A YEAR AGO, the Narendra Modi government announced that it would repeal Article 370 of the Constitution, which gave symbolic autonomy to the state of Jammu and Kashmir. The home minister, Amit Shah, in his address to parliament, made clear that when he spoke of Jammu and Kashmir, “I include Pakistan-occupied Kashmir and Aksai Chin”—an area administered by China, on the eastern side of Jammu and Kashmir. When a parliamentarian tried to ask a question, Shah shouted him down, saying “Jaan de denge iske liye!”—We are ready to give our lives for this [land]! Shah was later quoted as saying that Prime Minister Narendra Modi had “shown Pakistan its place by abrogating Article 370.”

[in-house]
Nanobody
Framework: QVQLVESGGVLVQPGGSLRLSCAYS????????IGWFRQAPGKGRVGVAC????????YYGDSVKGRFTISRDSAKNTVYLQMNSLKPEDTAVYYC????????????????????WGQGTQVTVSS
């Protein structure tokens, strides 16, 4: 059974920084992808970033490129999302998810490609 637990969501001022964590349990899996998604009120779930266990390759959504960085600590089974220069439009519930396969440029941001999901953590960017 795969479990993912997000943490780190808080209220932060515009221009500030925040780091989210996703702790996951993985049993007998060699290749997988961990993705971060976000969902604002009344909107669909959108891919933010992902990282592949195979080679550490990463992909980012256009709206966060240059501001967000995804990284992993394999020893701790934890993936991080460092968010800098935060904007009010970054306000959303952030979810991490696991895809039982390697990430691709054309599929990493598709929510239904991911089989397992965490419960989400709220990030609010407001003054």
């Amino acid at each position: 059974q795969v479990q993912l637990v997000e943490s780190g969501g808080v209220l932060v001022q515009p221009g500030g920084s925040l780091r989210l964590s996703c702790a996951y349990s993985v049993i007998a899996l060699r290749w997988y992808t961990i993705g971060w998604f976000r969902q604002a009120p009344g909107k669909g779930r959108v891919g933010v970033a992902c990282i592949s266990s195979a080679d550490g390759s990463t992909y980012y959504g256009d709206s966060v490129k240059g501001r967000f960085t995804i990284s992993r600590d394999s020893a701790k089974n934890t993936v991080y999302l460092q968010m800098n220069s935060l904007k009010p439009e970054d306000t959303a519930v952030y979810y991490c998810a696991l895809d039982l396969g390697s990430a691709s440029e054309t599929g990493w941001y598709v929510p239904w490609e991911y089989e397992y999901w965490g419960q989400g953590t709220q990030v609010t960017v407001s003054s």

However, Shah and the rest of the Modi government seemed to have forgotten about an important stakeholder in the matter—China. The day after the announcement, the Chinese foreign ministry put out a statement calling the Indian government’s decision “unilateral” and objecting that it “undermined China’s territorial sovereignty.” India’s minister of external affairs, Subrahmanyam Jaishankar, rushed to Beijing to meet his counterpart, Wang Yi, and tried to assure him that the move was not going to affect the status quo between the two countries on territorial and border issues. Regardless, as a top Chinese intellectual associated with the government wrote recently, Wang conveyed to Jaishankar China’s strong opposition.
In November, India released a new political map showing the two union territories newly created by the abrogation of Article 370—Jammu and Kashmir, and Ladakh. It included as Indian territory Aksai Chin, and Gilgit and Baltistan, governed by Pakistan since Independence. Unsurprisingly, China perceived this as cartographic aggression.
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